FINISH THINGS YOU START

Photo Credit: Ambreen Hasan

That feeling of “beginning” something, when an idea is fresh and new and full of life and energy, is an addicting thing. We get wrapped up in thought, our brains struggle to focus on anything else, and we feel the urge to get to work immediately on that new book, screenplay, business plan, herb garden, home improvement project, etc. Beginning things is easy; finishing them is not.

I’ve always struggled with the challenge of finishing what I start. I have pages of text, notebooks of plans, and even t-shirts for projects I began out of excitement but never completed. However, I’ve always firmly believed in the concept of finishing what you start so I end up not letting any of those things go. I just assume I’m still working on them and plan to finish them as soon as time allows. Of course, time never allows, and they never see the finish line.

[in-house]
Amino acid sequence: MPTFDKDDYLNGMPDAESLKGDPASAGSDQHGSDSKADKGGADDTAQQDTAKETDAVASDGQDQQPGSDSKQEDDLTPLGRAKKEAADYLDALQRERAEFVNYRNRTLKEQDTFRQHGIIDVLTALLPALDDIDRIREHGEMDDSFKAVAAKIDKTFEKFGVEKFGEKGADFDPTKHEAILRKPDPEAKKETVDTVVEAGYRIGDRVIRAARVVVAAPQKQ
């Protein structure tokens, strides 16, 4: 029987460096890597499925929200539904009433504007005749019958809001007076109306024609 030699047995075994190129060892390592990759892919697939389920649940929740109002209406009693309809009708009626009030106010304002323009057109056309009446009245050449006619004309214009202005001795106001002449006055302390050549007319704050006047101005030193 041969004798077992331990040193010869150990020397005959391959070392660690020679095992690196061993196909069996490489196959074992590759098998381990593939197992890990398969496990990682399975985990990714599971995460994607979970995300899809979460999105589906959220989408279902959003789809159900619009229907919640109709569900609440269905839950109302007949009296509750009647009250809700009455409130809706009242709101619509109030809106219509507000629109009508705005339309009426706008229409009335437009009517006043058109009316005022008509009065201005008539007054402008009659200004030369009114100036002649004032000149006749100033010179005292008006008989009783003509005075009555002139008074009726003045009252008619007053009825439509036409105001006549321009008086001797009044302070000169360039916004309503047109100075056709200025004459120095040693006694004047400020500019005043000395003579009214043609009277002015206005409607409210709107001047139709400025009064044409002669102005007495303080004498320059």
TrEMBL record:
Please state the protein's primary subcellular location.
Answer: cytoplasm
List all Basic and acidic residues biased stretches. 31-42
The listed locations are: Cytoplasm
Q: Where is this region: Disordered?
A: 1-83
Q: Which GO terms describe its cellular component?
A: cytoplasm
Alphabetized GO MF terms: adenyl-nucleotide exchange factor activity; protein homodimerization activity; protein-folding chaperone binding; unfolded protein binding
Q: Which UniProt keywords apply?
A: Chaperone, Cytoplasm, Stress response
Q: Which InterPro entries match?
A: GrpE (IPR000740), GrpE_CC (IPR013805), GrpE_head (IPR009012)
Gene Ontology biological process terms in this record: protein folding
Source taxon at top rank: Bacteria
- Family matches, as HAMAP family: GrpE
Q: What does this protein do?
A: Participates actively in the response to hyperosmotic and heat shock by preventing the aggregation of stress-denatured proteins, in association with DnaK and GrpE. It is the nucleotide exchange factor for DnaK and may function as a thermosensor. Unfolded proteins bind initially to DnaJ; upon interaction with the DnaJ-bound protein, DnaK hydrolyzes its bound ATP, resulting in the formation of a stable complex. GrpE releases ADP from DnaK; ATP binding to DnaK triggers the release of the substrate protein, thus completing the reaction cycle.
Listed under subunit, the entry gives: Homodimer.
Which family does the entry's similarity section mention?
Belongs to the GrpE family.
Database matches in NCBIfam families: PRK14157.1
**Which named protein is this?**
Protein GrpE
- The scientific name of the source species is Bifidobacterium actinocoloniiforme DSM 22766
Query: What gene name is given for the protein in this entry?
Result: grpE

Last year, I decided to either finish the shit I began or let it go. I made a big list and started crossing things off, either with a red line through it or a check-marked box on the end. It hasn’t been easy but I’ve come much closer over the course of the year, and I’ve tossed more things than I’ve initiated so at least I’m making progress. I still have several projects I couldn’t bear to kill, so they sit in my own little productivity purgatory, my idea waiting room, half-finished or more, hoping for the chance to stand on their own two feet someday when I find a few spare hours.

The best way I’ve discovered to avoid this is to hold back on new ideas for at least a short time. I write down things and even let my brain go crazy developing them for a few hours but in the end, I put all my notes away until I’ve finished the thing I’m currently doing and when I’m done, I decide if that idea is still worth starting. Most of the time, it isn’t; it just happened to be something that was exciting at the time. You might think this is an excellent way to kill beautiful ideas. I choose to believe it’s how the truly great ideas are given a chance to survive and even come to fruition.

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